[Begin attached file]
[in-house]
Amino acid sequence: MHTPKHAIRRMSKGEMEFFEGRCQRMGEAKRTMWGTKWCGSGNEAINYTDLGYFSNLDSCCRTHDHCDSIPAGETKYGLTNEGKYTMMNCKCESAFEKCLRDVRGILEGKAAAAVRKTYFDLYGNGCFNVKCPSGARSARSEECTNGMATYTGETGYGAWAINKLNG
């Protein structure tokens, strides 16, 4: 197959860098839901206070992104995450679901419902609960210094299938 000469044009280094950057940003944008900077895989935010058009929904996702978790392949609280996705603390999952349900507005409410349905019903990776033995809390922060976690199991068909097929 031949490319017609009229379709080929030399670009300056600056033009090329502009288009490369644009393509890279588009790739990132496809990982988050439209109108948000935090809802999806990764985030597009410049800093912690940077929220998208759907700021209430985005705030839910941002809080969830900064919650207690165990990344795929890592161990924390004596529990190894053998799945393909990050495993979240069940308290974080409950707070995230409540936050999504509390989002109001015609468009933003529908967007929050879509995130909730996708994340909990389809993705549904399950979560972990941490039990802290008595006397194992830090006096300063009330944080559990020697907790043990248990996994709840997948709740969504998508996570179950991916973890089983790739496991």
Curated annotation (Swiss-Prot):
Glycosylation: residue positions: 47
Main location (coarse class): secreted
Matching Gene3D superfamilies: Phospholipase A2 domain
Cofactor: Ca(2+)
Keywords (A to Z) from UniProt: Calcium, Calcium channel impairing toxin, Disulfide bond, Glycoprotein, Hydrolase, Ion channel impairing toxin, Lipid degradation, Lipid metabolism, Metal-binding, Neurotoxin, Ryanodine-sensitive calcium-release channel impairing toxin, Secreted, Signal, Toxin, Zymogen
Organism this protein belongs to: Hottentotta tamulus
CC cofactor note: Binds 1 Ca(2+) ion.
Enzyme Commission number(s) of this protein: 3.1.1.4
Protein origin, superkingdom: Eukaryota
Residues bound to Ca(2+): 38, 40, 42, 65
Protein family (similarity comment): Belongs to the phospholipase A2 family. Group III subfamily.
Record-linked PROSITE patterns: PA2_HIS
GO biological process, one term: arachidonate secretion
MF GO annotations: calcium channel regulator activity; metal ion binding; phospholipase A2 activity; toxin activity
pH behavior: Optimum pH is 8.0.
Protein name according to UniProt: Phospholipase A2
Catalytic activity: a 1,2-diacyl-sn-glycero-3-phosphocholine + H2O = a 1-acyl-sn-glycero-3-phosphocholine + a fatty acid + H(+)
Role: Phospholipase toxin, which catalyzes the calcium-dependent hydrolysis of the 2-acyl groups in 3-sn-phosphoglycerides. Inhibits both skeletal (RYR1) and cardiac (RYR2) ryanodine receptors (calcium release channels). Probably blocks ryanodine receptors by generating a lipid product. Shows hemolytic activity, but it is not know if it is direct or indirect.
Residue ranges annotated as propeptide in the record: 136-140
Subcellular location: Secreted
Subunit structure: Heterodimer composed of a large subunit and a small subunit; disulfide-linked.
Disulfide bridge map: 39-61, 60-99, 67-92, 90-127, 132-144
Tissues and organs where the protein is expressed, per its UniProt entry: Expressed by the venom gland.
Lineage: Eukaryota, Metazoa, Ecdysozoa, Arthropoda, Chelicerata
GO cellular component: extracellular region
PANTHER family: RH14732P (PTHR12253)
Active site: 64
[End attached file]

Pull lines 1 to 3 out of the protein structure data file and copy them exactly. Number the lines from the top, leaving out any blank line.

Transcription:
[in-house]
Amino acid sequence: MHTPKHAIRRMSKGEMEFFEGRCQRMGEAKRTMWGTKWCGSGNEAINYTDLGYFSNLDSCCRTHDHCDSIPAGETKYGLTNEGKYTMMNCKCESAFEKCLRDVRGILEGKAAAAVRKTYFDLYGNGCFNVKCPSGARSARSEECTNGMATYTGETGYGAWAINKLNG
């Protein structure tokens, strides 16, 4: 197959860098839901206070992104995450679901419902609960210094299938 000469044009280094950057940003944008900077895989935010058009929904996702978790392949609280996705603390999952349900507005409410349905019903990776033995809390922060976690199991068909097929 031949490319017609009229379709080929030399670009300056600056033009090329502009288009490369644009393509890279588009790739990132496809990982988050439209109108948000935090809802999806990764985030597009410049800093912690940077929220998208759907700021209430985005705030839910941002809080969830900064919650207690165990990344795929890592161990924390004596529990190894053998799945393909990050495993979240069940308290974080409950707070995230409540936050999504509390989002109001015609468009933003529908967007929050879509995130909730996708994340909990389809993705549904399950979560972990941490039990802290008595006397194992830090006096300063009330944080559990020697907790043990248990996994709840997948709740969504998508996570179950991916973890089983790739496991």